All while launching a retail collaboration and competing on a Food Network show.

Dominique Leach always knew she wanted to be a chef. Born and raised in Humboldt Park, this Black, queer female pitmaster has made her mark on Chicago's food scene with her restaurant, Lexington Betty Smokehouse, but she's not stopping there. Leach recently launched her own Wagyu steak hot dog line with Vander Farmers in Sturgis, Michigan, available in Mariano's grocery stores across the Chicago area, with more opportunities to come.

Dominique Leach holding tray of BBQ meat at Lexington Betty
Credit: Courtesy of Dominique Leach

You started your chef career in fine dining. How did you make the switch to BBQ?

I worked at [the now shuttered] Spiaggia, which is such a huge legacy for chef Tony Mantuano, and I always knew that one day I wanted to build something great to call my own. I have never been a cookie-cutter type of person so I decided to make my own lane. I started catering to get the buzz [about Lexington Betty] out, bought a food truck to carry all of my catering food and then eventually got a permit for the streets [in 2017]. It was a success story for about four months until someone threw a Molotov cocktail into the food truck and set it on fire right in front of my home.

What did you do from there?

It was really frightening and chaotic; I had put everything I owned into the food truck. So my wife and I couch surfed a lot and spent time living in the back of the kitchen we rented to cook for catering, and the truck that would eventually become our first permanent restaurant location. We did this for about eight months until we got back on our feet, bought a new truck and could rent an apartment. In 2019, we opened the first permanent Lexington Betty restaurant in Oak Park which has since closed. We now have a location in Pullman that opened in 2020 and we still operate the food truck as well.

How did you come up with the concept for Lexington Betty?

I never stopped thinking about the great migration from the South in the 1950s, when so many people came here from Lexington, Mississippi, and brought all of that Southern influence with them. Combine that with things we did traditionally like curing and smoking meats. So I thought, what a perfect concept: smoked meats with soul food sides.

The goal has always been to get into something that drives me and that I look forward to every day, so I put my grandmother's name, Betty, in the title, because I knew that would be another aspect to drive me. The concept of Lexington Betty was actually one that I've written down in different notebooks several times over the years, sometimes with different sides or mains.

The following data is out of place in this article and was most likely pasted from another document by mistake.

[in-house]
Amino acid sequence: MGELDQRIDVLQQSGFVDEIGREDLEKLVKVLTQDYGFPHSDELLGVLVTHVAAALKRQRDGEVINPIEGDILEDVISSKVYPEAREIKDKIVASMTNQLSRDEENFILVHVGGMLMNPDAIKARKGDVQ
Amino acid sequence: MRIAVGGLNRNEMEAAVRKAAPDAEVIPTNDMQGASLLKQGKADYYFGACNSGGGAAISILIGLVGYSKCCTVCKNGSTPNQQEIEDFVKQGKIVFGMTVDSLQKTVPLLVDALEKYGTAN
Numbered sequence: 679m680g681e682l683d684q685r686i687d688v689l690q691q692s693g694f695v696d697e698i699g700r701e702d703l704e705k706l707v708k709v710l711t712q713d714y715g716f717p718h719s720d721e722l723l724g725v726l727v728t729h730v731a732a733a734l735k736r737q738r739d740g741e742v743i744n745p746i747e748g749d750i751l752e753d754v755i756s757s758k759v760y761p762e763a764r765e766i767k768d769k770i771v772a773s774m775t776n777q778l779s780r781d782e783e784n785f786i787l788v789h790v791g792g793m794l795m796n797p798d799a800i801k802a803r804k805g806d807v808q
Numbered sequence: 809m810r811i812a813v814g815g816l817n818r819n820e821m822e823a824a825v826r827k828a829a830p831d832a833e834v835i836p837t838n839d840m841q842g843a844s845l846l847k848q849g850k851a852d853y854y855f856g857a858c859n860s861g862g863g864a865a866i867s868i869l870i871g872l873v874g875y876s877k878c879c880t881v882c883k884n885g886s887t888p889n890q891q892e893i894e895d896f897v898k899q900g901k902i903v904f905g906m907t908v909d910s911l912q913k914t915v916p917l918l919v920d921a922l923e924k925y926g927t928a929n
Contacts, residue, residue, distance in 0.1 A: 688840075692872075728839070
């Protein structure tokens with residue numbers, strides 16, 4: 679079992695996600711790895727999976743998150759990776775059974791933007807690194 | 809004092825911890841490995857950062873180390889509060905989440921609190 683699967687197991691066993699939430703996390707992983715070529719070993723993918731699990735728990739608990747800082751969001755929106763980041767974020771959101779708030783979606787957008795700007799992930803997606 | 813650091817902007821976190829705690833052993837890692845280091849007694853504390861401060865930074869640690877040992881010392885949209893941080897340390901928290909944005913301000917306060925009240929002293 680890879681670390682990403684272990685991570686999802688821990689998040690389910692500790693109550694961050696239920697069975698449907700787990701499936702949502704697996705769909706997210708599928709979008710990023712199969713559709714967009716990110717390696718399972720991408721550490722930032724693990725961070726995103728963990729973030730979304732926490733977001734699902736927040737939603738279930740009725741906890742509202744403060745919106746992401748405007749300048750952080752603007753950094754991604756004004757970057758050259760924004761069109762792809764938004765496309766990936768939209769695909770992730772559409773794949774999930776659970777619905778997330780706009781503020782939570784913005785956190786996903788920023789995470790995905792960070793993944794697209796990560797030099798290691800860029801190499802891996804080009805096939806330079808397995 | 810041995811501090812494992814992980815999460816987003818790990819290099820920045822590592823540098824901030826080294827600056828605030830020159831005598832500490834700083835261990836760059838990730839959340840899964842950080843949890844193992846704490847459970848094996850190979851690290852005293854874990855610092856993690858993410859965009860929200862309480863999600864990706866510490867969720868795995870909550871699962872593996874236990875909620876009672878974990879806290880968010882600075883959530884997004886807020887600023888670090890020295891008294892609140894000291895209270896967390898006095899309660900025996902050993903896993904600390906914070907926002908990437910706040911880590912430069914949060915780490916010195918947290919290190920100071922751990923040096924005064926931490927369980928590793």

What defines Chicago BBQ, and how is it represented on your menu?

When I think of Chicago barbecue, I immediately think of rib tips on a bed of fries with mild sauce. To me, Lexington Betty is the epitome of Chicago barbecue. I like to say our concept is like if Memphis and North Carolina had a baby, and then you add the Lexington, Mississippi, sides to it, and it's a beautiful story of Chicago's history and Chicago-style BBQ.

In general, BBQ doesn't have a lot of female pitmasters. How did you learn your craft and make your mark in the Midwest?

Barbecue is something I grew up doing in the summertime with my family. When I got my own apartment, it was just a hobby of mine to smoke meat, and it turned out to be something I was good at. It wasn't until a year into the business that I realized I've created something unique, because a lot of people want to have conversations about how there aren't a lot of women pitmasters.

The narrative is so important, so I shifted to build myself up as this woman pitmaster. When I opened three restaurant locations, I said, 'At this point, you can't talk about barbecue in Chicago without bringing up Lexington Betty smokehouse.' I'm attracted to things that are different and rare and I feel really fortunate that it turned out to be such a niche.

Dominique Leach holding a Wagyu hotdog outside of Lexington Betty Smokehouse in Chicago
Credit: Courtesy of Dominique Leach

You recently launched your own line of Wagyu hot dogs for retail. Tell us about the collaboration with Vander Farmers.

I met the team from Vander Farmers in Sturgis, Michigan, and originally we were just playing around with some ideas of doing collaborations. I made a Vander burger with their ground beef on the menu as a special once [at Lexington Betty], then I cooked their Wagyu tenderloin at a dinner in Michigan and they were really impressed. They told me about their hot dog recipe, and I tasted it and loved it. I was going to be the brand ambassador for these Wagyu hot dogs and that's all it was supposed to be, but it turned into us starting an entire retail business together and me being the face of the brand. The dogs are the first of many products that'll be coming out: brisket, spicy BBQ sauce, Wagyu beef, andouille sausage and more.

We're raising the cows ourselves in Sturgis, Michigan. The Wagyu cows that we brought from Japan are being bred with a Holstein dairy cow that the USDA has classified as FI Wagyu so it's a really special operation.

You have a lot on your plate now. What's next for you?

You'll certainly see me on television really soon. I just got back from filming in California. I'll be on the show as early as June on the Food Network. I can't say the name yet, but let me tell you it's going to be next level.

This conversation has been edited for length and clarity.